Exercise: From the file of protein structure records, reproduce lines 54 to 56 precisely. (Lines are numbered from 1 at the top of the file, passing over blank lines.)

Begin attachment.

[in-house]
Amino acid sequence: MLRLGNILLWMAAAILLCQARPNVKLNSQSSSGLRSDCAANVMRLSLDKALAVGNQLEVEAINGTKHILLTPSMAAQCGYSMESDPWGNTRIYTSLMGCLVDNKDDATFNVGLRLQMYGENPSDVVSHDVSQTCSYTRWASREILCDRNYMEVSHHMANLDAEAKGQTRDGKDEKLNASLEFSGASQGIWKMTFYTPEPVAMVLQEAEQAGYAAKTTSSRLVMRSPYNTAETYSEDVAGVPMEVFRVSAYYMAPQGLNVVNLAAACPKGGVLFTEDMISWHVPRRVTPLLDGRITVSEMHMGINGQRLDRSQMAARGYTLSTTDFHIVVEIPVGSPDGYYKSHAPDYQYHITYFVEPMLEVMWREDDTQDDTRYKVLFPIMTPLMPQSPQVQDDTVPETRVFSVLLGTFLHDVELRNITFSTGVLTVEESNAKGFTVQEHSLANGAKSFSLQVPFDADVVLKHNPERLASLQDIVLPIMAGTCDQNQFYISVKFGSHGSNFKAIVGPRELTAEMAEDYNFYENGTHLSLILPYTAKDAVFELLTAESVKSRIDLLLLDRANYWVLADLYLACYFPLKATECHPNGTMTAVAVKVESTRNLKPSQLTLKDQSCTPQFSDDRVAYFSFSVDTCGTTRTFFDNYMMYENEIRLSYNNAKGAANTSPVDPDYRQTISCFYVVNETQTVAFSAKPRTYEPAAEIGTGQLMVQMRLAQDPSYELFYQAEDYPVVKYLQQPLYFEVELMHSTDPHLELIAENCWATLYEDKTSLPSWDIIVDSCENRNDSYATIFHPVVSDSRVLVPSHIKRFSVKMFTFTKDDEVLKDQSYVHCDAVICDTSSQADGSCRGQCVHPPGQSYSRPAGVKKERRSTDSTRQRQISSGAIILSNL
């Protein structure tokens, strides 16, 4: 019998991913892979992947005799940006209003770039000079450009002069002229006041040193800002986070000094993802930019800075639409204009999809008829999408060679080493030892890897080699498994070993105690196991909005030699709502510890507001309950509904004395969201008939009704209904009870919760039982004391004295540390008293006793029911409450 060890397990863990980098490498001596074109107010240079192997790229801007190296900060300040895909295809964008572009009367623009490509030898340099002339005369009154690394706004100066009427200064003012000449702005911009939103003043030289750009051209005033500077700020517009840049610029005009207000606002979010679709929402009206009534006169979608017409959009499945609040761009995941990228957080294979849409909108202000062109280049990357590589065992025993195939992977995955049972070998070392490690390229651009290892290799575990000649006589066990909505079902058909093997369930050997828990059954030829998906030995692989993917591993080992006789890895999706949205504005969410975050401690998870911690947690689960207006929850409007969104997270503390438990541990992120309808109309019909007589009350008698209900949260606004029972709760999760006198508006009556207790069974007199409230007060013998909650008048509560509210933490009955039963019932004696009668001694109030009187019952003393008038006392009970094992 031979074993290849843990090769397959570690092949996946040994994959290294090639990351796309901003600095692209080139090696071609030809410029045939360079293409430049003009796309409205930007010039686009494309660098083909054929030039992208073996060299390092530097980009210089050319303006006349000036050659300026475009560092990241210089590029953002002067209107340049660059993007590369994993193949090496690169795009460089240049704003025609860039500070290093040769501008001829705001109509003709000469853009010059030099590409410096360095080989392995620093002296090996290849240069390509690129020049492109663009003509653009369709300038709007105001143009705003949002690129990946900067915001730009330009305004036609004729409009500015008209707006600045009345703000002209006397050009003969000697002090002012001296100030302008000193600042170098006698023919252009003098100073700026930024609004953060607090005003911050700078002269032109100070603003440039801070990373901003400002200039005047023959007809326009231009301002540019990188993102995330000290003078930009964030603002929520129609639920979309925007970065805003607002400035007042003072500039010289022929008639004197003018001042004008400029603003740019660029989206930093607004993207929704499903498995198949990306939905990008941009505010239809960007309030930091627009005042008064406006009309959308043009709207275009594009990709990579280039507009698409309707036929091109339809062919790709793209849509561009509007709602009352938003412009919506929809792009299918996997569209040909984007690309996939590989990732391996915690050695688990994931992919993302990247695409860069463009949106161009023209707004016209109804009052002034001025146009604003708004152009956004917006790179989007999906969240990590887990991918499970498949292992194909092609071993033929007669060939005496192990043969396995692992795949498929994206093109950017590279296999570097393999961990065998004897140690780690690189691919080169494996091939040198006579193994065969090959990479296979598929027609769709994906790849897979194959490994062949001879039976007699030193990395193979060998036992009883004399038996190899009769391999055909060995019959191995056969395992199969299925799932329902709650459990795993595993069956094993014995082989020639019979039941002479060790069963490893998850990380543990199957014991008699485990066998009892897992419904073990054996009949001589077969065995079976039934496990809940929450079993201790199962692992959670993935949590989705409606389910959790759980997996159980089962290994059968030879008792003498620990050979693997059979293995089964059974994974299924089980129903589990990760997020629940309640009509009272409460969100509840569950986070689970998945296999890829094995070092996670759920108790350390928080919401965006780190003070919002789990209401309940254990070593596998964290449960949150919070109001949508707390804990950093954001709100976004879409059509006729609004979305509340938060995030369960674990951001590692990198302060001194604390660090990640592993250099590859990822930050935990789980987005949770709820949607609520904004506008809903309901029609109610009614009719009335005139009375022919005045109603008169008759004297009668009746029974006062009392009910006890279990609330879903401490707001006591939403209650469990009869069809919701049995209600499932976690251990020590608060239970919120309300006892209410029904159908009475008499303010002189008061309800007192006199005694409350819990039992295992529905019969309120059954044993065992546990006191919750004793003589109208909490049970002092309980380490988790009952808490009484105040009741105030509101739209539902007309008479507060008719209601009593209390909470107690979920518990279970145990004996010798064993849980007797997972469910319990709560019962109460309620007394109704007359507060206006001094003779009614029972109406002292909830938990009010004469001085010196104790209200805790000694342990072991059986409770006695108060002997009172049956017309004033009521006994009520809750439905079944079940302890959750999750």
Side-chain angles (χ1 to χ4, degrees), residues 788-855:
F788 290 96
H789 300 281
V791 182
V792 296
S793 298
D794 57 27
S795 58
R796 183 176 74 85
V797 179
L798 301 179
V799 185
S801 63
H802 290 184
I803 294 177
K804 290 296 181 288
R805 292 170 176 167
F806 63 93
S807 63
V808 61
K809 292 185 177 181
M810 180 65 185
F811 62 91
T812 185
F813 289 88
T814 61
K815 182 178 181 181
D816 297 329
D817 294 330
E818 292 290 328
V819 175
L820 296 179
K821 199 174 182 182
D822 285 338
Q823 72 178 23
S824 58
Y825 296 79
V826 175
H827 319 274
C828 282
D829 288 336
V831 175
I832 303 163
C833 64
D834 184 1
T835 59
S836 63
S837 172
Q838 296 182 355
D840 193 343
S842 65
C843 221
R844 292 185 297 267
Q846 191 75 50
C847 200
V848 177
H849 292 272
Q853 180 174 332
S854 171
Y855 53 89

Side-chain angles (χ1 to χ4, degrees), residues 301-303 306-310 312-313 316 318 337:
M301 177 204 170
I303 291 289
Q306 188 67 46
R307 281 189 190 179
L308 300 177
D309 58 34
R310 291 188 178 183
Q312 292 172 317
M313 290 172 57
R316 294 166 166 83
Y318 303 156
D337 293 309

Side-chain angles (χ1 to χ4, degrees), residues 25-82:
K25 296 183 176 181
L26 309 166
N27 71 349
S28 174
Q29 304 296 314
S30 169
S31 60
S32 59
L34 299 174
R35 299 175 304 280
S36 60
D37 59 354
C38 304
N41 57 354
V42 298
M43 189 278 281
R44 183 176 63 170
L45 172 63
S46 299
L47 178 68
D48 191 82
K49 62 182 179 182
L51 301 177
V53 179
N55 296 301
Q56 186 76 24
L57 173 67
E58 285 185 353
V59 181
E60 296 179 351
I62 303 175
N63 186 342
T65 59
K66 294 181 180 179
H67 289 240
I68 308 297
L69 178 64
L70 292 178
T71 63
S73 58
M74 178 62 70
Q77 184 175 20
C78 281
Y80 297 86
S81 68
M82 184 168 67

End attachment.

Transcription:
S842 65
C843 221
R844 292 185 297 267